Monday, March 29, 2010
Book review: "The Willoughbys," by Lois Lowry
Walter Lorraine Books / Houghton Mifflin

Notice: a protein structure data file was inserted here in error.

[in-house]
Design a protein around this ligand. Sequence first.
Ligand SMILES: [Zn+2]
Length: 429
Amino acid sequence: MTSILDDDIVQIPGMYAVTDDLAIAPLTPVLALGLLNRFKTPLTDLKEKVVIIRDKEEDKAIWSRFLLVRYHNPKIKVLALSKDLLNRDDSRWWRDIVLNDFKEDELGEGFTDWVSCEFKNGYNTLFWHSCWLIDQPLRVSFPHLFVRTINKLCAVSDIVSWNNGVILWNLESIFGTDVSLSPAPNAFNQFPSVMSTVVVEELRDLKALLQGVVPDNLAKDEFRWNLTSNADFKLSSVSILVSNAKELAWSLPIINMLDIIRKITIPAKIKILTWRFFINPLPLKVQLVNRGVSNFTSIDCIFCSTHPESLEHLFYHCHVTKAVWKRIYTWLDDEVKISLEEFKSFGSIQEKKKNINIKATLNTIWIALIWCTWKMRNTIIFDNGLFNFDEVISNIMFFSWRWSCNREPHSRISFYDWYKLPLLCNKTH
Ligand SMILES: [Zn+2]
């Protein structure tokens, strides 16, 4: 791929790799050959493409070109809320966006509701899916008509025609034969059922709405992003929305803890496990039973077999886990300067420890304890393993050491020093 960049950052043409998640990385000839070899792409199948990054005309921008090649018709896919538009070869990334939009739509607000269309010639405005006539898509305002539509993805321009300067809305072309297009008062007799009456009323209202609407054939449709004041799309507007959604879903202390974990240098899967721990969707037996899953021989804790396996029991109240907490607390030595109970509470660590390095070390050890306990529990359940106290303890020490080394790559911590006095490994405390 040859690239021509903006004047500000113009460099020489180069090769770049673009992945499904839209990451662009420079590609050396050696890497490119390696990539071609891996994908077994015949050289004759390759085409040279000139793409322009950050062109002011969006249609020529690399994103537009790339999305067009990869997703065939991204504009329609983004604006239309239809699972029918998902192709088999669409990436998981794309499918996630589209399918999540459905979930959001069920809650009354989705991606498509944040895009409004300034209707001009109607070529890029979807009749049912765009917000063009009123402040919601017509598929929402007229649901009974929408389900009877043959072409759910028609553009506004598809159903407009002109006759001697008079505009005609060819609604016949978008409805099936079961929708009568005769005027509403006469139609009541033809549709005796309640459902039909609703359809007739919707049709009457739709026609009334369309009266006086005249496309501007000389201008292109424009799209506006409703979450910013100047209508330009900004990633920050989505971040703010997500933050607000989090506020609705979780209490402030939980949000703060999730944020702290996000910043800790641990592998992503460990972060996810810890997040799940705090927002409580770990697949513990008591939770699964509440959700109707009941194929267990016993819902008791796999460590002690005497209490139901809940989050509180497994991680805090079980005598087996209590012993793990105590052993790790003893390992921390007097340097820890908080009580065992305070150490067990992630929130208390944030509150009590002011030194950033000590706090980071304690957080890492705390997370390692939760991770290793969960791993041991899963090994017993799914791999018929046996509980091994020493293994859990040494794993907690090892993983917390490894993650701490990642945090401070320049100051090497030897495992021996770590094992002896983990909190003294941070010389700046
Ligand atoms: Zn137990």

A friend has convinced me to try my hand this year for the first time at writing children's literature; but I don't actually know anything about children's literature, so am starting the process among other ways by first reading a stack of popular books that have been recommended to me. Today's title was recommended to me by an actual children's librarian here in Chicago who I recently met, a sort of "Lemony Snicket" knockoff about a family full of beastly people, with parents who are trying to abandon their children and children trying to kill off their parents, and siblings being rude to other siblings and a nanny who's brutish to them all; but I have to admit, I don't really care that much for these types of neo-Victorian, comically ghoulish tales, because they feel to me like they're designed not so much for actual children but rather their snotty hipster Gen-X parents, the kind of "delightfully quirky" kid-lit book that adults read on the sly, as a way of reinforcing an idealized childhood sophistication that they never actually had, but now as middle-agers desperately wish that they did. I mean, I'm sure there are kids out there who really will legitimately like this; it's just that on the whole, it feels like everyone involved with this title cared little about whether that would turn out to be true, and a lot more about whether this could be used as the basis for an endless stream of pricey merchandise snatched up by lunchbox-carrying goth-girl college students. The entire thing is about 30,000 words altogether (not including the "Devil's Dictionary" type humorous glossary at the end), and seemed to me to be best geared towards older grade-schoolers and those just entering junior high (or in other words, very roughly ages 10 to 13).